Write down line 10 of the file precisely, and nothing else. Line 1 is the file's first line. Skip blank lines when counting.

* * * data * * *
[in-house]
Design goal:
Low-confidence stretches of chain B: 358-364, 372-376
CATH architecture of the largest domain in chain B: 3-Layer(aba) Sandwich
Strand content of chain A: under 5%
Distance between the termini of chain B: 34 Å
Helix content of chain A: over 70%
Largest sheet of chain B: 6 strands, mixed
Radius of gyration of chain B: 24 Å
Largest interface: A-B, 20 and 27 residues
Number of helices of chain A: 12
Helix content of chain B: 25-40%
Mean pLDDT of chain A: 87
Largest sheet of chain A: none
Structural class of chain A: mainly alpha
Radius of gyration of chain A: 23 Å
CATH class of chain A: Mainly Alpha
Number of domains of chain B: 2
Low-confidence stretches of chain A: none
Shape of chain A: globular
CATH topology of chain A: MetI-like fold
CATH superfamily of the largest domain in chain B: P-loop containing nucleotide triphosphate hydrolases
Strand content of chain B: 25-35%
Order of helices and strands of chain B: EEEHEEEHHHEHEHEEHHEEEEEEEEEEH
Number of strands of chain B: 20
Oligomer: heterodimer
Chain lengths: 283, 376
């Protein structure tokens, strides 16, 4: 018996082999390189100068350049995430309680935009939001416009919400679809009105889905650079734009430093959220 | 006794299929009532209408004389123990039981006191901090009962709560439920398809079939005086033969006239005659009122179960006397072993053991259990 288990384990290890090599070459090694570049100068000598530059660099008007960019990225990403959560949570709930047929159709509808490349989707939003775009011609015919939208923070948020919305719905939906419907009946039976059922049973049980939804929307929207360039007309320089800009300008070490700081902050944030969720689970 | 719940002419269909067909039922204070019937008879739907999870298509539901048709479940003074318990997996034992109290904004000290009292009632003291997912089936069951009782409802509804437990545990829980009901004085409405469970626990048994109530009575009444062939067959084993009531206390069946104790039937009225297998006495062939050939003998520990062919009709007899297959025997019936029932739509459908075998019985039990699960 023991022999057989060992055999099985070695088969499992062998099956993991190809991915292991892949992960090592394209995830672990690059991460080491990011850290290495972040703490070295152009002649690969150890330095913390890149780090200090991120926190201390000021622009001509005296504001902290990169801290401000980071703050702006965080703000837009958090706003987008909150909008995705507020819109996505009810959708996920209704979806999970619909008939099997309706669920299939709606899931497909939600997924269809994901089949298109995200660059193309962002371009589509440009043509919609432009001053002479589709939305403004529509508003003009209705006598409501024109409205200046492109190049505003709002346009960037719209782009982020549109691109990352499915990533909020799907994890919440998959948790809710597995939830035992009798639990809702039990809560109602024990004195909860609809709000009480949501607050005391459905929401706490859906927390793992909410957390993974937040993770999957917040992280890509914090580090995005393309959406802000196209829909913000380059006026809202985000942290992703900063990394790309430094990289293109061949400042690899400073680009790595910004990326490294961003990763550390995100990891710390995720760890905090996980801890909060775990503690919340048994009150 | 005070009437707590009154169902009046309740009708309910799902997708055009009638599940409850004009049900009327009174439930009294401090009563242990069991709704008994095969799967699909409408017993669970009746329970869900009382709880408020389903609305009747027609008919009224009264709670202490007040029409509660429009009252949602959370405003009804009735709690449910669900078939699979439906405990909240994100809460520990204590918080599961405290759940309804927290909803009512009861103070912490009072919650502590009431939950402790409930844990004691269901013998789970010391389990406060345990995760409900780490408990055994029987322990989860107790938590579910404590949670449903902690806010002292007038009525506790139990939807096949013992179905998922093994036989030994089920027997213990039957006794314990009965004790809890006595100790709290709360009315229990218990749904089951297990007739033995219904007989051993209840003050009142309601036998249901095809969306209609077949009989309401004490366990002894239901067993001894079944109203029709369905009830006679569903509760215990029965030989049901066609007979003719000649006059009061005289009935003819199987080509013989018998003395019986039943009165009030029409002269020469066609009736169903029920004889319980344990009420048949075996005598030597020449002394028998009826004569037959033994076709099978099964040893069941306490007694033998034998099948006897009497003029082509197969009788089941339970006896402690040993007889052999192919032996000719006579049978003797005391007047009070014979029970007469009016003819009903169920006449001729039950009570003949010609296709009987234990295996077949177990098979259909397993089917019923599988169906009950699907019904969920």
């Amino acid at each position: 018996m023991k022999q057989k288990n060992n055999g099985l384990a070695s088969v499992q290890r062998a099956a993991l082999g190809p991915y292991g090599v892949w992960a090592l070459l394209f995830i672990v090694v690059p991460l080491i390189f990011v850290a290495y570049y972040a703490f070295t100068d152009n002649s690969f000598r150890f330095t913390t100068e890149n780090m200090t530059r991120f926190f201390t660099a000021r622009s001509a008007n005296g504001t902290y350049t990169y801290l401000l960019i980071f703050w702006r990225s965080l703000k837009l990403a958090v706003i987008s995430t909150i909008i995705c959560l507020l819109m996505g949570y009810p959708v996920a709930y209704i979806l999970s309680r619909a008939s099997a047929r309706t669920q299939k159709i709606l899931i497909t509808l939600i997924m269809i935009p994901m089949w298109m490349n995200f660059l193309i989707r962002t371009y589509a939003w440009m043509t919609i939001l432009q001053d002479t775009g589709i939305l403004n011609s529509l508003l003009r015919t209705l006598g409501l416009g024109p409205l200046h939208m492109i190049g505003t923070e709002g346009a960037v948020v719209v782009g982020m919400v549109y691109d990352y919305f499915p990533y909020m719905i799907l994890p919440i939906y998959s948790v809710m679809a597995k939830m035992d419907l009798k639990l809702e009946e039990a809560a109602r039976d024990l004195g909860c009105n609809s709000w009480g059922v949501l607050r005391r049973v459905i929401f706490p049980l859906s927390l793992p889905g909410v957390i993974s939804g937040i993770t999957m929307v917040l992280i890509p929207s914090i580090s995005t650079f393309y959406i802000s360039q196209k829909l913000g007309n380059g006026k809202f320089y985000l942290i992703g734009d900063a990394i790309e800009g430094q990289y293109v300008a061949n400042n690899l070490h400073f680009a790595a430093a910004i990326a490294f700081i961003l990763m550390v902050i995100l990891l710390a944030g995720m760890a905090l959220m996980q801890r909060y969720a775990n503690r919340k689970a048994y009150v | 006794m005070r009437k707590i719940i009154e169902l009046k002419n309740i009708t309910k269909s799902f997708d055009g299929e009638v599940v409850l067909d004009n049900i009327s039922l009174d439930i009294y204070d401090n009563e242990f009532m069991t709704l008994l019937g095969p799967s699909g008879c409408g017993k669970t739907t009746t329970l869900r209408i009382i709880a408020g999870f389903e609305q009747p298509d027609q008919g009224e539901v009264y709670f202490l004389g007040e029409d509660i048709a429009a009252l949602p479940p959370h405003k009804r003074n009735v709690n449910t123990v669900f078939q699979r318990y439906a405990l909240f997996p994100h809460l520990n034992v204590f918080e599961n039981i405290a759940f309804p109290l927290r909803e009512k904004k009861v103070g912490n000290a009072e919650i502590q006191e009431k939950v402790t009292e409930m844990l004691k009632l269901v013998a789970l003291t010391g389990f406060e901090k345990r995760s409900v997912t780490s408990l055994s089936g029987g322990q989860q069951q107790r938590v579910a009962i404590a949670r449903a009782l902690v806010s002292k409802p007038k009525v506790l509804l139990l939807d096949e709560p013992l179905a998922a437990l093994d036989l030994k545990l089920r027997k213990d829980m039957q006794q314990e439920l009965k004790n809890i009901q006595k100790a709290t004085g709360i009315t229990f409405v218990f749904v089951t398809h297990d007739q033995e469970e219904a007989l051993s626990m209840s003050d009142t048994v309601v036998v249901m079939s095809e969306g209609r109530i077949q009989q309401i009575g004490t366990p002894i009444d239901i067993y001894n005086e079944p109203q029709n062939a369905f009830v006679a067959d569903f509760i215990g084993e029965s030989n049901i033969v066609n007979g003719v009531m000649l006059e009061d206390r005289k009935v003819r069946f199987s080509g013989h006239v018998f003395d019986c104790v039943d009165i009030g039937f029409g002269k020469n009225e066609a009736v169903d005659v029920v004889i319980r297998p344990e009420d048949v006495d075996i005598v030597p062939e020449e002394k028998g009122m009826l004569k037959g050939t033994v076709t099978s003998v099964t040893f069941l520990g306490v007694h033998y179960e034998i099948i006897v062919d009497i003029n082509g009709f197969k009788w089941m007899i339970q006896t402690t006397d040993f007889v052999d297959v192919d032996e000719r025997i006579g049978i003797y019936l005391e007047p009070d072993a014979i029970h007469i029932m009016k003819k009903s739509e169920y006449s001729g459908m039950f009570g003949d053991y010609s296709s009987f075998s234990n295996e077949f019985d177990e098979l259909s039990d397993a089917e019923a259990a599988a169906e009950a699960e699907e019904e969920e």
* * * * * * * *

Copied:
Largest interface: A-B, 20 and 27 residues